In 1916, Guillain, Barré and Strohl1 described a previously unrecognized type of polyneuritis characterized by definite changes in the cerebrospinal fluid. The essentials of the disease were widespread flaccid paralysis, loss of tendon reflexes, preservation of cutaneous reflexes, conservation of idiomuscular contraction on percussion, minimal changes in the electrical reactions of the muscles and nerves, occasional involvement of cranial nerves, muscle tenderness, paresthesias with little disturbance of objective sensibility and, most specifically, increase in the protein content of the cerebrospinal fluid which was not accompanied by a proportionate degree of pleocytosis. The paralysis was often of the ascending variety and of rapid onset, but recovery was also usually rapid and was complete, with no residual atrophy. The authors expressed the belief that the disease was the result of a concomitant attack on the nerve roots, peripheral nerves and muscles, probably by an infectious or toxic agent, and they termed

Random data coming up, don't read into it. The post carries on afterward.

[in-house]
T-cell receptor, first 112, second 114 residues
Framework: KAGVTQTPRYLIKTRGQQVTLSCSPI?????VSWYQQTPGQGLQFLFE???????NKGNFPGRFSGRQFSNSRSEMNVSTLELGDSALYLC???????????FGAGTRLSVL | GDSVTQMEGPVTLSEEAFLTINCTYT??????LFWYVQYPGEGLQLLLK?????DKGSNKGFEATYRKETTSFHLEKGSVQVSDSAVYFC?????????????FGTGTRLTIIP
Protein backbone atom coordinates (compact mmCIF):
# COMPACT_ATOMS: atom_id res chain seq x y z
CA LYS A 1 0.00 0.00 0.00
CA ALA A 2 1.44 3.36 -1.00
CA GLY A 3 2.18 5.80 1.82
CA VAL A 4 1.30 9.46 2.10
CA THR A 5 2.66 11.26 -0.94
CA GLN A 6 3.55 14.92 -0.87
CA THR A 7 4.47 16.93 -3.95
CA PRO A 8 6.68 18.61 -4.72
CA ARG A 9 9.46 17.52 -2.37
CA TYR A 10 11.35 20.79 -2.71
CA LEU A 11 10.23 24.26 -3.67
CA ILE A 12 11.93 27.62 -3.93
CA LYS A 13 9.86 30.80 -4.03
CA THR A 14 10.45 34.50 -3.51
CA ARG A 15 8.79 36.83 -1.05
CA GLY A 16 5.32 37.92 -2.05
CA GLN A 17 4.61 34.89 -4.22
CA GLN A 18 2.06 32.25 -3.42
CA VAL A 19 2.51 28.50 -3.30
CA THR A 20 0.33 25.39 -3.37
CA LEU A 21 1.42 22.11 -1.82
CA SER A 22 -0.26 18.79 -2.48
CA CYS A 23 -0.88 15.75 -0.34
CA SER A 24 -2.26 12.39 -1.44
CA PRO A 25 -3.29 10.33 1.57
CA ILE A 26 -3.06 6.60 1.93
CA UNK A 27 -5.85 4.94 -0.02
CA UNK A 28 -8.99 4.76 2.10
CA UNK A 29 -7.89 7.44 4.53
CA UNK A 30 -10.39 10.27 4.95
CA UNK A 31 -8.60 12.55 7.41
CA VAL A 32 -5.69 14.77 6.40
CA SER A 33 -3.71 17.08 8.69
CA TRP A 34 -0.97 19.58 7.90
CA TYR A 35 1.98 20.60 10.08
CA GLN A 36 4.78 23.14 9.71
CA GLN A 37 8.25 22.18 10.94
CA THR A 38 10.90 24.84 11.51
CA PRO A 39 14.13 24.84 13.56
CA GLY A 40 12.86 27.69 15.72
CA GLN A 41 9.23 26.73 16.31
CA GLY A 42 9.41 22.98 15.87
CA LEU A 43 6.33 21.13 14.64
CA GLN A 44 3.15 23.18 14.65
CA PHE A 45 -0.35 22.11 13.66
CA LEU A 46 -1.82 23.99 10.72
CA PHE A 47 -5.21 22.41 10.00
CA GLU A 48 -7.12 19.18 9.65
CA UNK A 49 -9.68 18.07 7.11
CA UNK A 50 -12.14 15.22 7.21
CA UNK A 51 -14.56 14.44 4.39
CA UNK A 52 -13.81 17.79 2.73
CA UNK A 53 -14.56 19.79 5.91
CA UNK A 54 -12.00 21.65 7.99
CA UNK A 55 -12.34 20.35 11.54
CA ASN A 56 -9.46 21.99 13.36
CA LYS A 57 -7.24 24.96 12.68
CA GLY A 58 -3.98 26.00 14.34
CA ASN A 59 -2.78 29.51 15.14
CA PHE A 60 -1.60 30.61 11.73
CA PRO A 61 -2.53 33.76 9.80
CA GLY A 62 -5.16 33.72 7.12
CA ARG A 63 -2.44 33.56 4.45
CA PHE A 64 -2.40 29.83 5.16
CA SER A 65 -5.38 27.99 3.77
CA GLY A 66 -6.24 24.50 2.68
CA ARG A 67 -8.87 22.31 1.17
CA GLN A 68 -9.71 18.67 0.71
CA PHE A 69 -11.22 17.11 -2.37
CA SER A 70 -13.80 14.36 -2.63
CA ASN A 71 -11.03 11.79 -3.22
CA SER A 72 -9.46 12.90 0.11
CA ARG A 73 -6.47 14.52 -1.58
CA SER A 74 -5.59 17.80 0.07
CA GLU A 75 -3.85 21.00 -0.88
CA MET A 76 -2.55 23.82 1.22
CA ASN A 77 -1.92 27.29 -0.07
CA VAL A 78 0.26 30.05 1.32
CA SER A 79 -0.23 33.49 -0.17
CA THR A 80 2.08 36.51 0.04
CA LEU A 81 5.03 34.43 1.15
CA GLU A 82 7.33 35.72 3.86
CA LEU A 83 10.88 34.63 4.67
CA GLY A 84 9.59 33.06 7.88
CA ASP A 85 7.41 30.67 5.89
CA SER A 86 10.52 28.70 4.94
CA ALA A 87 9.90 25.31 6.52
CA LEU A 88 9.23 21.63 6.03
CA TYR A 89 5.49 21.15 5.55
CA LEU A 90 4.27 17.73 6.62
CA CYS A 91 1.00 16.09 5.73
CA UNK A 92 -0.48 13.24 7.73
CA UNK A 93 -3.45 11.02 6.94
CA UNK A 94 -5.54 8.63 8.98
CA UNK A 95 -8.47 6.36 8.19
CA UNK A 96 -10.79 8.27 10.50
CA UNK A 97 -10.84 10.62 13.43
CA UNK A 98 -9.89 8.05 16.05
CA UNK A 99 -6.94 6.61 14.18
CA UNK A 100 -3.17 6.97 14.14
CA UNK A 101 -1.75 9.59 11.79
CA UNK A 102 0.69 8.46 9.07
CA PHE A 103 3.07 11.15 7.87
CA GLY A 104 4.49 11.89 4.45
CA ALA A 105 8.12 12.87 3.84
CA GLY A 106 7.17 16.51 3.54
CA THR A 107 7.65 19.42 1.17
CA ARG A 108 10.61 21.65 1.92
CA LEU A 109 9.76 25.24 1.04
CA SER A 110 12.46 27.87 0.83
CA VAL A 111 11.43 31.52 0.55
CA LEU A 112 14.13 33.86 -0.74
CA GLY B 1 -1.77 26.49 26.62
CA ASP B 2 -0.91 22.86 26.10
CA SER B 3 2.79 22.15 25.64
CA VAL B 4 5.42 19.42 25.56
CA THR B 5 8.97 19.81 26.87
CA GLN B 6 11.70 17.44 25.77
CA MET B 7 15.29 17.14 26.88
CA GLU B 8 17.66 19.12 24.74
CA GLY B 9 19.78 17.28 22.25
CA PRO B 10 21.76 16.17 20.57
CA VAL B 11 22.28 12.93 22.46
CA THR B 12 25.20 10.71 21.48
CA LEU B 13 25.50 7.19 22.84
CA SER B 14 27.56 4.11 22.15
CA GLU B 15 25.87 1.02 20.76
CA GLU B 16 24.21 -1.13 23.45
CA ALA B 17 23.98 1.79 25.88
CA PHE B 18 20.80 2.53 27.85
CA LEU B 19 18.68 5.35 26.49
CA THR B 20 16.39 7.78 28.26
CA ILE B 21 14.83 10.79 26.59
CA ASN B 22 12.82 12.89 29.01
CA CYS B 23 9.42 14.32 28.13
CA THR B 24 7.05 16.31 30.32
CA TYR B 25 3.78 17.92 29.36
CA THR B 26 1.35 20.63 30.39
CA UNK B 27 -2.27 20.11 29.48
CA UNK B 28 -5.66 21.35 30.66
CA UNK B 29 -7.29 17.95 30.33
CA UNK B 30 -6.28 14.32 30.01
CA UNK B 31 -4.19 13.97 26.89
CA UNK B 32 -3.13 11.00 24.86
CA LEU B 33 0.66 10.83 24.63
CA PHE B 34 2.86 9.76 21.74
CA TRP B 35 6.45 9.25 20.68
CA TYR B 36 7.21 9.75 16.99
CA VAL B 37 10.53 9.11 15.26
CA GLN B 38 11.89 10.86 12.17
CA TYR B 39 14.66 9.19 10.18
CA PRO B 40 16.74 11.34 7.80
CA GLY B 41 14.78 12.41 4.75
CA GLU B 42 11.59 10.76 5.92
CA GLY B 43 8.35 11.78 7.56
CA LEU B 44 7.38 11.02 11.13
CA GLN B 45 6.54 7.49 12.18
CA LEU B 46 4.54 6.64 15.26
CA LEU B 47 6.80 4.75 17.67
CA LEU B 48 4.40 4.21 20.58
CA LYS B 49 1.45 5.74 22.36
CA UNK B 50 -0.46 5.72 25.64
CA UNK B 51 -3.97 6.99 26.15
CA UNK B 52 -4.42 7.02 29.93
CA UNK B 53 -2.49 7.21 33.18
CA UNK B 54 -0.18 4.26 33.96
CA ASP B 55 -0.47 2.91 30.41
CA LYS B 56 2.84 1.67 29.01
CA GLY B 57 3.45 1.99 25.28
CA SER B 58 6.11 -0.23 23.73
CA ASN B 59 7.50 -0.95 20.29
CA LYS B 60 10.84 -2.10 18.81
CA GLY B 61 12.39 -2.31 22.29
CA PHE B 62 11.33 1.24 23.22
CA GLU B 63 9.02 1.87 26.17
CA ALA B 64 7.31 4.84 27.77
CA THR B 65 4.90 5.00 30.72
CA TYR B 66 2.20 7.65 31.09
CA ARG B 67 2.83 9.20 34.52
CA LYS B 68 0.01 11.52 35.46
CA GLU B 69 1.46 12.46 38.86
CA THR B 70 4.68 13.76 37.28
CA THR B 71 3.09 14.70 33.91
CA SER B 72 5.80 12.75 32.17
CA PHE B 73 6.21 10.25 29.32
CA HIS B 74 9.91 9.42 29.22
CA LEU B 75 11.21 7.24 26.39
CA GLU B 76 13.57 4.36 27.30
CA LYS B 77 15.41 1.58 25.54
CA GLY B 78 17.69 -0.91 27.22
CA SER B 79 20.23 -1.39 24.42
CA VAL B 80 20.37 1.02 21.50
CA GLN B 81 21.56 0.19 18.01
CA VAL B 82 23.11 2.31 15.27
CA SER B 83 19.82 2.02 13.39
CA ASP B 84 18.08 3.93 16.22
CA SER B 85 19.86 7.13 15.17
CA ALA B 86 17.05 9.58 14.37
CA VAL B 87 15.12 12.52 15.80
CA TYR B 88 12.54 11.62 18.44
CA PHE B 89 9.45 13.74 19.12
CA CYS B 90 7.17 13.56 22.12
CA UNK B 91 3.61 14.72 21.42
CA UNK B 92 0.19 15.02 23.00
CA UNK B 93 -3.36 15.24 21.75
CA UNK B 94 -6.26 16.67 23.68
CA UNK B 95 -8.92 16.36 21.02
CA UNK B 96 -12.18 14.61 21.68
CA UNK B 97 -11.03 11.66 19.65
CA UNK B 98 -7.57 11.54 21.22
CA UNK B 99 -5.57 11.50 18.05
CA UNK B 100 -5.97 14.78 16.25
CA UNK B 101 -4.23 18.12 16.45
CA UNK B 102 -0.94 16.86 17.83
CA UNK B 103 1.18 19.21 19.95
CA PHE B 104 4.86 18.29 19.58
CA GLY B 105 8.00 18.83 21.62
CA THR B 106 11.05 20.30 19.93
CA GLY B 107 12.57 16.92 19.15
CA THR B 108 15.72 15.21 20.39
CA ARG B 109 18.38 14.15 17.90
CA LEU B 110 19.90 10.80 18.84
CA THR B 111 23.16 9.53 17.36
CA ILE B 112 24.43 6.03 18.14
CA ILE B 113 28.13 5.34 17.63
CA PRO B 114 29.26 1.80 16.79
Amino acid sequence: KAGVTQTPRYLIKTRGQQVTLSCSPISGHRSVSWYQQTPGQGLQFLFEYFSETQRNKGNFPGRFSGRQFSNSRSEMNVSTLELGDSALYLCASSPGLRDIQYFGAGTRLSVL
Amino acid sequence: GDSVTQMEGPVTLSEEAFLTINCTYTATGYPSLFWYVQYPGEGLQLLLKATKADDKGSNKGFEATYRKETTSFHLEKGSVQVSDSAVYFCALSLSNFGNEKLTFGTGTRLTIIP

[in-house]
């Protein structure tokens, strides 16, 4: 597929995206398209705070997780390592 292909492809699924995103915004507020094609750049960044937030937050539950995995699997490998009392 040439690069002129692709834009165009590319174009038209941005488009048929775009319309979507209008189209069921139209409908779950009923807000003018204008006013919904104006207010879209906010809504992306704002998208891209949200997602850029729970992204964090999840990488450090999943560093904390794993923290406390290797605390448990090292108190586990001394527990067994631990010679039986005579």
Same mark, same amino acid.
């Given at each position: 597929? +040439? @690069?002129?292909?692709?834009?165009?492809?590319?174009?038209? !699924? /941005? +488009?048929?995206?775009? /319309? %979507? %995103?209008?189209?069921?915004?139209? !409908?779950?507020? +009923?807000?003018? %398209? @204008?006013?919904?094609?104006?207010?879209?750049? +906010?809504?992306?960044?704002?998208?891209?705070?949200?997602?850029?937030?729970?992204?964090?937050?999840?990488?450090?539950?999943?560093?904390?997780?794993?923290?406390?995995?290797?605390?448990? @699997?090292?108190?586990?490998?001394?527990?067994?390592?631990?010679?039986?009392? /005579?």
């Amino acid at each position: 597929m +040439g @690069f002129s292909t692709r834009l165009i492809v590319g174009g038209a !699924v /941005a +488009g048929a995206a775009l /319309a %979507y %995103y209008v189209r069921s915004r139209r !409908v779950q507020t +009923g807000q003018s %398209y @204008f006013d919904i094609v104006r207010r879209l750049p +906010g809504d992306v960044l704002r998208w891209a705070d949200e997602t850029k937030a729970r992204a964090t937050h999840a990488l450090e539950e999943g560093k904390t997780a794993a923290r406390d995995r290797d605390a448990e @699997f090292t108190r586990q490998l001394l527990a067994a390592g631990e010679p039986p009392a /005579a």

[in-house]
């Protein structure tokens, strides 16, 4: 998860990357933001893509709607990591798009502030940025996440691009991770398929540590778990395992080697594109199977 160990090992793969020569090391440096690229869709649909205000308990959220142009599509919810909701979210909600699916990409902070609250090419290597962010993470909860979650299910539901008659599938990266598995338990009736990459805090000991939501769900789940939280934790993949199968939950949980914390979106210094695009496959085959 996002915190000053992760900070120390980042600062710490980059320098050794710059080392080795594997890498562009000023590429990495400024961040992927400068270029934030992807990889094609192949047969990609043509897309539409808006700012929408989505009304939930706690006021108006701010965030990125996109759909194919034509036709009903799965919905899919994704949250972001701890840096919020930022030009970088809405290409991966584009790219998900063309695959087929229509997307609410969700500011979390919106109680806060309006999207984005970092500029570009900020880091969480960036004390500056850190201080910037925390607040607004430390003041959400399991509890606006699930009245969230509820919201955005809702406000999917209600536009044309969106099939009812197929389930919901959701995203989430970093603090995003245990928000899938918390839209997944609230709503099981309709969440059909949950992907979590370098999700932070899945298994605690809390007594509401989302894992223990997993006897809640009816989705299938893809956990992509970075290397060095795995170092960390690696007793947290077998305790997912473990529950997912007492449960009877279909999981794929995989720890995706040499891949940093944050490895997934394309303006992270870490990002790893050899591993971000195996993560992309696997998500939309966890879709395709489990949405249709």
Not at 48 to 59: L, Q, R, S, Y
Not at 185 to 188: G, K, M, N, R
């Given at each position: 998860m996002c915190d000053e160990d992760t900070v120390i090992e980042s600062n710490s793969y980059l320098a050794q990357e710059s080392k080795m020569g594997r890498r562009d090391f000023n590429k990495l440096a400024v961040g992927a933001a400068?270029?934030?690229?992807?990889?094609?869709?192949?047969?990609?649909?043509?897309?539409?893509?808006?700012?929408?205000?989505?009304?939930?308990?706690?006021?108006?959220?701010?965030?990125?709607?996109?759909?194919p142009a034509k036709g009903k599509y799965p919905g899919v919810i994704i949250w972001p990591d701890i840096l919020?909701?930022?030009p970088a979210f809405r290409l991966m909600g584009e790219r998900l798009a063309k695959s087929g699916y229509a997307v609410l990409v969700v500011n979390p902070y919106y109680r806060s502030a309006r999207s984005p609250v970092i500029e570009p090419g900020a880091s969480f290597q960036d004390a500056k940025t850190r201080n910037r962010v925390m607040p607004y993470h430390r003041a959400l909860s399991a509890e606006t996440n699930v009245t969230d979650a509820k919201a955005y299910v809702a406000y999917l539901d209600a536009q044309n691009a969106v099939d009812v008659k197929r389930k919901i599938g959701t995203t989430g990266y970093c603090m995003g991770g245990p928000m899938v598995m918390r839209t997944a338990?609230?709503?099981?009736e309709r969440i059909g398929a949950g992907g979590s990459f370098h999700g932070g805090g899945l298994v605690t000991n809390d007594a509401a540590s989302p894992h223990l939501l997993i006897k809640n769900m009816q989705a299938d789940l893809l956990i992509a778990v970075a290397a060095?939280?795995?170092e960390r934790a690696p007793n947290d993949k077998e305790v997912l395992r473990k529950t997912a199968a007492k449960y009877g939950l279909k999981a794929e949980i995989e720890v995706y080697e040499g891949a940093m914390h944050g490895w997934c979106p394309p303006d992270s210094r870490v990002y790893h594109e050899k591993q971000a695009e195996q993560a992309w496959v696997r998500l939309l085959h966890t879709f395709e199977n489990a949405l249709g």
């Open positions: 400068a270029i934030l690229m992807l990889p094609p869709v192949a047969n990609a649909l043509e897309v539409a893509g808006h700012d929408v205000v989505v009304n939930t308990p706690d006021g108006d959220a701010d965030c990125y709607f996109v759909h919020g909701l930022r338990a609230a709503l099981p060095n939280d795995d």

De JONG RN. THE GUILLAIN-BARRÉ SYNDROME: POLYRADICULONEURITIS WITH ALBUMINOCYTOLOGIC DISSOCIATION. Arch NeurPsych. 1940;44(5):1044–1068. doi:10.1001/archneurpsyc.1940.02280110118009
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